Wall Street's recent appearance on Washington's list of political demons is a source of embarrassment for conservative brokers and frustration for conservative politicians. Like most quarrels between natural allies, the problem has its root in a mutual misunderstanding.

The recent decline of stock prices is largely an impersonal and delayed reaction to high interest rates, but many administration officials have taken it as a personal rejection of them and their policies. A feeling of betrayal compounds the sense of rejection because it seems to come from the very conservative Wall Street Republicans who should be the president's most staunch supporters.

In fact no rejection or betrayal was intended in Wall Street even though both have been taken in Washington. The president himself is extraordinarily popular in the financial community. Approval for his strong stand on defense is surpassed only by astonishment at his success in budget cutting. Compared to what even the most optimistic conservative might have hoped for in January, the administration's budget cutting achievements are running at about 150 percent of expectations.

Wall Street's main worry is the size of the budget deficit, but then worry is endemic to men who manage m oney, particularly their own. The budget deficit is a legitimate concern, but if it disappeared tomorrow another concern would arise to take its place. Quite aside from any rational calculation of risk, most investors are simply worry-warts at heart.

The feelings of rejection and betrayal in Washington stem from a basic misunderstanding about what Wall Street is and, more to the point, is not. The Dow Jones Industrial Average is not a political popularity poll. Politicians who must face reelection naturally are concerned about their public approval, but that approval is not to be confused with the level of stock prices. Political egos looking for flattery are best off looking elsewhere.

Because power is concentrated in Washington, there is a tendency to think that power is concentrated in Wall Street in the hands of a few willful men who are out to frustrate the administration's economic program. Power was concentrated in the days of J. P. Morgan, but those are long past. The men who head Wall Street's major firms are polished, professional, articulate bureaucrats whose power to significantly move the stock market is remarkably small.

The absence of power to set stock prices is a natural consequence of the role played by Wall Street brokerage houses. They are not principals, but middlemen who merely match buy and sell orders. Brokerage firms offer investment advice to their clients, most of which either is ignored or is offset by conflicting advice from other firms. The rash brokerage firm which commits its own limited capital to a major bullish or bearish position faces the threat of swift extinction if it turns out to be wrong, hence the adage, "Don't fight the tape."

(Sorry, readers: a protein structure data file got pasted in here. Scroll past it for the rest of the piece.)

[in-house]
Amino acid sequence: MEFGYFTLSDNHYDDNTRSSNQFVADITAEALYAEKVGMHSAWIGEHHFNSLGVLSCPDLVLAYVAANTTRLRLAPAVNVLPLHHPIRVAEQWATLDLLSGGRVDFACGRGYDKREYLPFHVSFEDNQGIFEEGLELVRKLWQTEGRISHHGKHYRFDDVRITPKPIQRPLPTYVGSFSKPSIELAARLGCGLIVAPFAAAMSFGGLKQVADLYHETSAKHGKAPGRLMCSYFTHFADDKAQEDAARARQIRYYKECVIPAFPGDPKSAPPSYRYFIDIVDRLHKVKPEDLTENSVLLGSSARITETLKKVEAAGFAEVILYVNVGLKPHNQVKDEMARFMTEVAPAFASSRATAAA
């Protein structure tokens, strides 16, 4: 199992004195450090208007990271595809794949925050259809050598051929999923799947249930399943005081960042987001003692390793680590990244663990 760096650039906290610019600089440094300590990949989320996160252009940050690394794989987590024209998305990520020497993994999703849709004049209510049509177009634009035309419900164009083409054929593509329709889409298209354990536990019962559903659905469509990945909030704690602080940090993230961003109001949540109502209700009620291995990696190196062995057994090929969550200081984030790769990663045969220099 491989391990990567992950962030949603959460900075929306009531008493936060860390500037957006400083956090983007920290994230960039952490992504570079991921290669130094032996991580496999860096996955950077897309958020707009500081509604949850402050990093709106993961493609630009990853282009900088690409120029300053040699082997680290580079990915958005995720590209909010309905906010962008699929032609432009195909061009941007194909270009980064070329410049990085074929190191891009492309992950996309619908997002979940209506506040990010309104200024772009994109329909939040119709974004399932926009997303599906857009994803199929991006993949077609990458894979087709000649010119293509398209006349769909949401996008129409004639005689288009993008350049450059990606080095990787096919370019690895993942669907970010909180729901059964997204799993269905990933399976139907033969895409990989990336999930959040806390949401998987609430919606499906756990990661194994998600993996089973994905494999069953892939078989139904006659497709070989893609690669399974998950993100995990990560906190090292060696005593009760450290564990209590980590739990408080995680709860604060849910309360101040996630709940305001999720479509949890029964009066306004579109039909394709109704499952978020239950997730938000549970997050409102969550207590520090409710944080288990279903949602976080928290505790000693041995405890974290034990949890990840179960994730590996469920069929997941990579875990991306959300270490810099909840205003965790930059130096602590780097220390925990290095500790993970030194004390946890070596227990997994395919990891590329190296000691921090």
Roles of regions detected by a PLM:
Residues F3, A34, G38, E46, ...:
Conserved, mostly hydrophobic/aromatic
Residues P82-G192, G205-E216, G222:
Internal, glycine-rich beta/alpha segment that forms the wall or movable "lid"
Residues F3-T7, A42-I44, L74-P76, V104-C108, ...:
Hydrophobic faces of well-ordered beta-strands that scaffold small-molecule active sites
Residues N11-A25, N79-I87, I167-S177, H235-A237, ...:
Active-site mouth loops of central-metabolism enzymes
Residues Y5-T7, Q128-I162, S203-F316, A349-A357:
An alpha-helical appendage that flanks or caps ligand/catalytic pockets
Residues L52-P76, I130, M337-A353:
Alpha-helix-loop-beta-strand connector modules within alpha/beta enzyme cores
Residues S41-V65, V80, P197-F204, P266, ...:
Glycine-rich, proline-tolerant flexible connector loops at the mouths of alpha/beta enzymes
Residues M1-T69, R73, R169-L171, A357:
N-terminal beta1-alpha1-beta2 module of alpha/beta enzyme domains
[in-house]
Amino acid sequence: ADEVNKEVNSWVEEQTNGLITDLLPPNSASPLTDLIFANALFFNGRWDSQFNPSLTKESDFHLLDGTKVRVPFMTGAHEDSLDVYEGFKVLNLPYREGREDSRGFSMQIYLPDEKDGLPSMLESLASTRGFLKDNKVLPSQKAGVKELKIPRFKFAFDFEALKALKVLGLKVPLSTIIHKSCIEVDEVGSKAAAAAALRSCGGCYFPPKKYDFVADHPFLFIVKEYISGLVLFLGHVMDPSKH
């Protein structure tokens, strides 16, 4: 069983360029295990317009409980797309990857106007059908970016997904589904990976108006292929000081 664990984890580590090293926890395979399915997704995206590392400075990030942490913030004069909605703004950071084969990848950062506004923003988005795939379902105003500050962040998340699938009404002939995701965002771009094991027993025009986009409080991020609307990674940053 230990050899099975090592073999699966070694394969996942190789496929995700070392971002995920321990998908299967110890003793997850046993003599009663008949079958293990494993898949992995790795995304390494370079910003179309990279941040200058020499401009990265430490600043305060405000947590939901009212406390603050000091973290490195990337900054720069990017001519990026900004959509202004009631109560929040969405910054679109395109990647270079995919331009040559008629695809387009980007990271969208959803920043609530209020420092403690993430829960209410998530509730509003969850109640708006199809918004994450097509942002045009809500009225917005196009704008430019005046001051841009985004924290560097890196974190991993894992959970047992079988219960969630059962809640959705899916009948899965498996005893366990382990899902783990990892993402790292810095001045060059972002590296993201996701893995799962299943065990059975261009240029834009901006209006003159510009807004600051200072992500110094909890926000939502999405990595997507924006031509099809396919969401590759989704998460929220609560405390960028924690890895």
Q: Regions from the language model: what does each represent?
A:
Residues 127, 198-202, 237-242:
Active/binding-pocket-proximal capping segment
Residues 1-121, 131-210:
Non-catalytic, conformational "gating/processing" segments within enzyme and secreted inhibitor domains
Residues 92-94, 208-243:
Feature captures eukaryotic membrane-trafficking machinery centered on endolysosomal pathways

Wall Street is like a central telephone exchange which facilitates and encourages millions of conversations, but has little control over their content. The content of investment conversations flowing through Wall Street is controlled by millions of investors whose buy and sell orders determine stock prices. Wall Street is largely a conduit for the decisions of millions of investors, rather than a determinant of what those decision will be.

The power of Wall Street firms to set stock prices is cloaked in mystery (for good reason, since people often respect most what they understand least), but the situation is really no different from a real estate broker's power over local home prices. A great salesman may be able to raise the price of one particular house, but the overall level of home prices in the neighborhood is set by what people are willing and able to pay for them.

The exception to this comparison with real-estate buyers is that not all investors are created equal. Some are larger than others, particularly the huge pension funds and bank trust departments which account for a large portion of stock exchange activity. If there has been any collusion (consensus would be a more accurate term) by pension managers, it has been on the side of the administration. The cash position of pension funds is a relatively moderate 10 percent. That leaves 90 percent in stocks, bonds and other assets whose prices have declined sharply in recent months. Pension managers have been the victims of declining stock prices, not the instigators.

Outraged administration officials not only overestimated Wall Street's power to determine stock prices, they vastly overestimated Washington's power as well. Political events are only one of many forces pushing stock prices up and down. A countless number of economic and psychological factors, many of which turn out to be dead wrong when viewed from the pleasant perspective of hindsight, are equally powerful in moving stock prices. Declining stock prices occurred shortly after the president's tax program was passed, but assuming a cause-and-effect relationship between these two events requires hubris.

Amateur investors spend much of their time explaining stock price movements during the recent past. Professional investors seldom bother. They know from long experience that short-term market movements are often random, contrary, and inexplicable. Only over periods of two or more years do stock prices accurately reflect economic and political realities. Professional investors who have experienced the large up and down movements of stock prices also have learned an important rule of thumb which is vital to their financial and psychological health, a rule which applies to anyone whose feelings (as opposed to finances) are hurt by falling stock prices -- Don't take it personally.